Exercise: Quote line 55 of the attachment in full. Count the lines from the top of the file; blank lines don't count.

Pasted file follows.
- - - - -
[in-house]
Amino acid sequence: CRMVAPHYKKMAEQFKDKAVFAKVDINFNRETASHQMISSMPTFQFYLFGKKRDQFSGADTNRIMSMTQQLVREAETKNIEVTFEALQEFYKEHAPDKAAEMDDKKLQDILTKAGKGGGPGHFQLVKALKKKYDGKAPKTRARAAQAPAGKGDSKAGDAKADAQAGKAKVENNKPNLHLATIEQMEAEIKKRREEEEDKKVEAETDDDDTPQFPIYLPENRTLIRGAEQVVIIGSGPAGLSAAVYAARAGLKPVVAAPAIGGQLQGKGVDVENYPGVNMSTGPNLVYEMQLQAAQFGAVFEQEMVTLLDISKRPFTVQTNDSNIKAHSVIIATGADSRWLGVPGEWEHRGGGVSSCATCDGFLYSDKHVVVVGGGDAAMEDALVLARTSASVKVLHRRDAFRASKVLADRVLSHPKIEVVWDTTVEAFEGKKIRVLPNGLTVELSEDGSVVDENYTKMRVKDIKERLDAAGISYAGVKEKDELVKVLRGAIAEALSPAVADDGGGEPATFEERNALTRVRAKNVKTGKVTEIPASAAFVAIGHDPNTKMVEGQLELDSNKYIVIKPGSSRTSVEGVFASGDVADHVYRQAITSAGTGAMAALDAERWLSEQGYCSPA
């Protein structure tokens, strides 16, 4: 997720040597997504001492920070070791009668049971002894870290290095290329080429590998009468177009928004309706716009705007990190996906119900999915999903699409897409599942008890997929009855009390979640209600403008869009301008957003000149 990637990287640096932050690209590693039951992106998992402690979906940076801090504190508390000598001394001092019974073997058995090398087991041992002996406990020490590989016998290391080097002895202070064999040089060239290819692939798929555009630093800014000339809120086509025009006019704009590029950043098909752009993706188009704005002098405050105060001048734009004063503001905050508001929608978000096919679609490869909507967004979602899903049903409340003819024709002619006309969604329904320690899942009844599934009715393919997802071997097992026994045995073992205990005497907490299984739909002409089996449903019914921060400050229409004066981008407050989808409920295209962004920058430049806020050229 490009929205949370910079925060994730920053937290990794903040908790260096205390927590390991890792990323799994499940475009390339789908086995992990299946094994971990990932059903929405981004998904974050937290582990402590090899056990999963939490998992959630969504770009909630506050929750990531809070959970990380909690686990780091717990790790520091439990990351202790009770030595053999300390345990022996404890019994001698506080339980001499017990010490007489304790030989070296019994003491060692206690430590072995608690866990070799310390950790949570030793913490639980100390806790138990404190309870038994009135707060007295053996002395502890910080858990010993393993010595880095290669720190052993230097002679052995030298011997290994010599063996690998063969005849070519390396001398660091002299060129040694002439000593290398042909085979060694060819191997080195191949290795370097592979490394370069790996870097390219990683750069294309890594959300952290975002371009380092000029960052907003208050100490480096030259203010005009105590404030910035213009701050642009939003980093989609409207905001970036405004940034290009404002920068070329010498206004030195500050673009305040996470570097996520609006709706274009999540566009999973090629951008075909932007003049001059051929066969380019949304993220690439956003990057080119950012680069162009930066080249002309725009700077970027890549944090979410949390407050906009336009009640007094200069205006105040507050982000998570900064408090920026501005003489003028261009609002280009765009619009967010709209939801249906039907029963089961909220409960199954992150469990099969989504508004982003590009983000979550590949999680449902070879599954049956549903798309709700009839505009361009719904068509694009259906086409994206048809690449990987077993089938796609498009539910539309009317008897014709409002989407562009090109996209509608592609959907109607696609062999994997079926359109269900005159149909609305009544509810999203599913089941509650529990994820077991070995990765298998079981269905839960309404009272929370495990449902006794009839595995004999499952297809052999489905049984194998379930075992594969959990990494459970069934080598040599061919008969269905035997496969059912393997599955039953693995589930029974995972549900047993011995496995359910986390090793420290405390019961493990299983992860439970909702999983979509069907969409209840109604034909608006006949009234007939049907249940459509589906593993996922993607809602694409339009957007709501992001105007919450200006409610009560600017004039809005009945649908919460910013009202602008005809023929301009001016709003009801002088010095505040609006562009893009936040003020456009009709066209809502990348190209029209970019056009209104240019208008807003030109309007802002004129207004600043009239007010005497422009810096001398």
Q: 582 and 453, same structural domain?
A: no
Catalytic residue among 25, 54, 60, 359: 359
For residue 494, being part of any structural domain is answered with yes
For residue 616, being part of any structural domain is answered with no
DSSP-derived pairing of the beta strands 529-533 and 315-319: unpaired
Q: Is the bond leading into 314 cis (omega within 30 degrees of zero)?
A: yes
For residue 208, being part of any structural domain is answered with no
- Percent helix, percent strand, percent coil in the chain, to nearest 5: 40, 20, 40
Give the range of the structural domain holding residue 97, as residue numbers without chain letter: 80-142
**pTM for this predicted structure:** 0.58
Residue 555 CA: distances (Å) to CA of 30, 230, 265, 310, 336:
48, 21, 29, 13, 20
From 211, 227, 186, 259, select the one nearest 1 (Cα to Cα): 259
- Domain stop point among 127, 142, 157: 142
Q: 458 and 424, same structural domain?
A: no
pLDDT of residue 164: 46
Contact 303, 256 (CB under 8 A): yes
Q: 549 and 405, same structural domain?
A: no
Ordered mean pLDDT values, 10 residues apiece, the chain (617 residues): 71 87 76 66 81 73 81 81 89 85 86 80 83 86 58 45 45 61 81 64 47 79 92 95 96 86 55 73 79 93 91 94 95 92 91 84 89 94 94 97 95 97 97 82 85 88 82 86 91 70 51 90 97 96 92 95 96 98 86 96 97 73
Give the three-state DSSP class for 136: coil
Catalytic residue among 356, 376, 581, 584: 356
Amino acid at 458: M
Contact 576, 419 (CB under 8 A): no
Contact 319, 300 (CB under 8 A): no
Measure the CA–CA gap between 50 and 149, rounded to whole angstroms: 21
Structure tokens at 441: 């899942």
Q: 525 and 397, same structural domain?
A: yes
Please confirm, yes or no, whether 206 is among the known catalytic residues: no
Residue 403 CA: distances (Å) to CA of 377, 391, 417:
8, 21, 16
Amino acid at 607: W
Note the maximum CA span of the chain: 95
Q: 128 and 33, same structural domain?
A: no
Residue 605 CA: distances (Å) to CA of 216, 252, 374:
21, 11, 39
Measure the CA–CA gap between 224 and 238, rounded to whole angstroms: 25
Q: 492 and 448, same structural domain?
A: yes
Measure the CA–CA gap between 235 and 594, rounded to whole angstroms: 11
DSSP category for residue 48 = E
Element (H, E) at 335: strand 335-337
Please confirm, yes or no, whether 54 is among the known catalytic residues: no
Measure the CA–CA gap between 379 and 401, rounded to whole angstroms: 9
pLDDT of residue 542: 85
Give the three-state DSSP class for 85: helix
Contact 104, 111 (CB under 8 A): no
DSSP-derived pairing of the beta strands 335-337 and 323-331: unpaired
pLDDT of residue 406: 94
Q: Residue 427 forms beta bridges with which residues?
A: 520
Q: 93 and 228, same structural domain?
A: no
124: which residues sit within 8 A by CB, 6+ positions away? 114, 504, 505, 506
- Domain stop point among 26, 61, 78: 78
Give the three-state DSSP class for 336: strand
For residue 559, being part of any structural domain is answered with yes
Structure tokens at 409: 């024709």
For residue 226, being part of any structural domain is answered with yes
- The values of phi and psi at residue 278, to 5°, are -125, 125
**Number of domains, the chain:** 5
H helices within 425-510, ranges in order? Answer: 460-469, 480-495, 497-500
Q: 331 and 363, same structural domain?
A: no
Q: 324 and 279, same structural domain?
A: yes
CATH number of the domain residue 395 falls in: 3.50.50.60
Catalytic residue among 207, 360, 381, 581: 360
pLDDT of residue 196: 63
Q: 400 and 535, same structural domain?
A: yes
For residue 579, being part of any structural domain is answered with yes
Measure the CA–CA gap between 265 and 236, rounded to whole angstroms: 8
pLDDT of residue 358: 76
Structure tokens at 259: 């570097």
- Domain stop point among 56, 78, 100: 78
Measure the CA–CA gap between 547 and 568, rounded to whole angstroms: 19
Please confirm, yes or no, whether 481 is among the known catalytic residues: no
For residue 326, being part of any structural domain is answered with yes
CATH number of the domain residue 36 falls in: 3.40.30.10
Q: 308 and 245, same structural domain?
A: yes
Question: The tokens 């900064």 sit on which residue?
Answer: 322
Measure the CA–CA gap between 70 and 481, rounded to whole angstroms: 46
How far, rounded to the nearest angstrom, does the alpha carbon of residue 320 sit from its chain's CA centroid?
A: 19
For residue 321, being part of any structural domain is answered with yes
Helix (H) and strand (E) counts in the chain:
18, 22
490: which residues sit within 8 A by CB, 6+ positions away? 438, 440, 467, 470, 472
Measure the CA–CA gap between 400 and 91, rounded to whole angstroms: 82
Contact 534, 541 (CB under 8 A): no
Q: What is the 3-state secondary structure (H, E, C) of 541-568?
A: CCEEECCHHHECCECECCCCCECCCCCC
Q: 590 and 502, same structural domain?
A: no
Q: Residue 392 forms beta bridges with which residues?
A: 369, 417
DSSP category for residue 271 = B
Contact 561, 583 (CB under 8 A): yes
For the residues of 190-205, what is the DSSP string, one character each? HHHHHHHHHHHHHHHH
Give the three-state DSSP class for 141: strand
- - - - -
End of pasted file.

Contact 104, 111 (CB under 8 A): no